The Northern leaders not only suffered death and defeat, but their story never came to be told, while Queen Elizabeth became a central protagonist in Our Island Story. In Shakespeare the Percys become proud and foolish, ultimately getting what they deserve by going against the rightful southern king. Even though through the prism of fantasy, it’s taken an American novelist, and two American screenwriters, to retell that story with a Northern voice.

The final series of Game of Thrones came out two years ago and ended with great disappointment, in fact so much so that millions of people demanded that it be remade (which perhaps says something about how mundane our problems were before 2020).

Yet although all those people who called their daughters Khaleesi are probably regretting it now, the show’s finale at least told a certain truth. The attraction of Game of Thrones, compared to most historical fiction, is that alt-history allows its creators to tell an almost purer truth about history and human nature. As amoral as some of the characters are in Westeros, they behave as people would have done in such a situation, devoid of modern idealism or comforts.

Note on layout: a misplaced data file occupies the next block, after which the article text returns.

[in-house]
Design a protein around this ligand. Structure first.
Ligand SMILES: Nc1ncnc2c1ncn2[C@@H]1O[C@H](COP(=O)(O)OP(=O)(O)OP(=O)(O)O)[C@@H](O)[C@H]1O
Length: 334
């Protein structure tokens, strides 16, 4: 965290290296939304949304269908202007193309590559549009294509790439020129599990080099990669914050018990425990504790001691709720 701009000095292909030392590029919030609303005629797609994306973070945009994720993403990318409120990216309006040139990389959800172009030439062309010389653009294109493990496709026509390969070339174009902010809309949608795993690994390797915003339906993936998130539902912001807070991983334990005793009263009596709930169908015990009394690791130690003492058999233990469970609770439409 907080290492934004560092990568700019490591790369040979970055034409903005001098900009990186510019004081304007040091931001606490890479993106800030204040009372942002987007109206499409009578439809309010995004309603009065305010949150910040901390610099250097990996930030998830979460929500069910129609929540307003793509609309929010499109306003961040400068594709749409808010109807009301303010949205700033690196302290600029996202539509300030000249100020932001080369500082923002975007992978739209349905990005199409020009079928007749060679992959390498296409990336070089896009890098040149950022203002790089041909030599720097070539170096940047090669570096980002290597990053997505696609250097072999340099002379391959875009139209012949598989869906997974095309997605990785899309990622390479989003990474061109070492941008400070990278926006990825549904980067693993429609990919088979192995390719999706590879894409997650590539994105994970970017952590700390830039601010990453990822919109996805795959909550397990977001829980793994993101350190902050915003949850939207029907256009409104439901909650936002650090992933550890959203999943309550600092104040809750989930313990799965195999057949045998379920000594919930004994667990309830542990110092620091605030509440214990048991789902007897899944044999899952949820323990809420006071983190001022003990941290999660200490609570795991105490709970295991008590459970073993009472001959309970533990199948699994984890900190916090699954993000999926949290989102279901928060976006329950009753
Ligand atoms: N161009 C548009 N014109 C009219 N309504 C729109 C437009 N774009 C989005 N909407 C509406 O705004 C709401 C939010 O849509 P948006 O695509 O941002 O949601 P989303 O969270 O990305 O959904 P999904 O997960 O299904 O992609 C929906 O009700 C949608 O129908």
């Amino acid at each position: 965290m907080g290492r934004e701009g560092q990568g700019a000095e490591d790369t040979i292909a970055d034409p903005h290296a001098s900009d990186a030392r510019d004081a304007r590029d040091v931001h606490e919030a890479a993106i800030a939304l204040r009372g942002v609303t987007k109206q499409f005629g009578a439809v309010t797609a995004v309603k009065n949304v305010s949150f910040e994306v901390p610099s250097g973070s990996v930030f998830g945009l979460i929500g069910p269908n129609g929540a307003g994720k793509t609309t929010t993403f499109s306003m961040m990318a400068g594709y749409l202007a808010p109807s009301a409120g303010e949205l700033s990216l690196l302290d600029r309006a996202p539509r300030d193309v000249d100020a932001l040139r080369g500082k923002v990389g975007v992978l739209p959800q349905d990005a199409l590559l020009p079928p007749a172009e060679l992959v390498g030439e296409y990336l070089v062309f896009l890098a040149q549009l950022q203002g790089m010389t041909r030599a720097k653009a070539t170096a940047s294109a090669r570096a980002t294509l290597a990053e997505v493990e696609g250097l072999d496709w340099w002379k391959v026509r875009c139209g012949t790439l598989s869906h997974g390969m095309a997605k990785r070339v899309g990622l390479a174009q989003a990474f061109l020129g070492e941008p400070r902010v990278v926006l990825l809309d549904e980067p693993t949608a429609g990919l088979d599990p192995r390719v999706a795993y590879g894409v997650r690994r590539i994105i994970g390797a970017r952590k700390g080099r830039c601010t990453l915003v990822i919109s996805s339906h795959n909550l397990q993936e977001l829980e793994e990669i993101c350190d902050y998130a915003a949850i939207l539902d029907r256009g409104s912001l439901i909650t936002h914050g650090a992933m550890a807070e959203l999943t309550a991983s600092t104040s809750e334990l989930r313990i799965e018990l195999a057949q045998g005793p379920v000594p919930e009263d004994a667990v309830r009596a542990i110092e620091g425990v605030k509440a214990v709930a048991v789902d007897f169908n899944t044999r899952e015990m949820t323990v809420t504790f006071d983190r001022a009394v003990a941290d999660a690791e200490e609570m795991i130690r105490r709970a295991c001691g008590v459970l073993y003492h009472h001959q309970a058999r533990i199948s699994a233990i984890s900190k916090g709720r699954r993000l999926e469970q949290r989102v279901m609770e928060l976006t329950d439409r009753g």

Daenerys, the queen over the water, is the only true idealist among the contenders for the throne, and campaigns to end slavery in Essos before liberating her homeland. And yet when she arrives in Westeros she turns out to be far more murderous and oppressive than what went before. Likewise the ancien regime, terrible that it was, had nothing on the horrors unleashed by modernity, which contained far greater lies than the world of chivalry.

Like with so much in the show, it was true to life, and we would have expected nothing less. As the cheerful psychopath Ramsay Bolton once put it: “If you think this has a happy ending, you haven’t been paying attention.”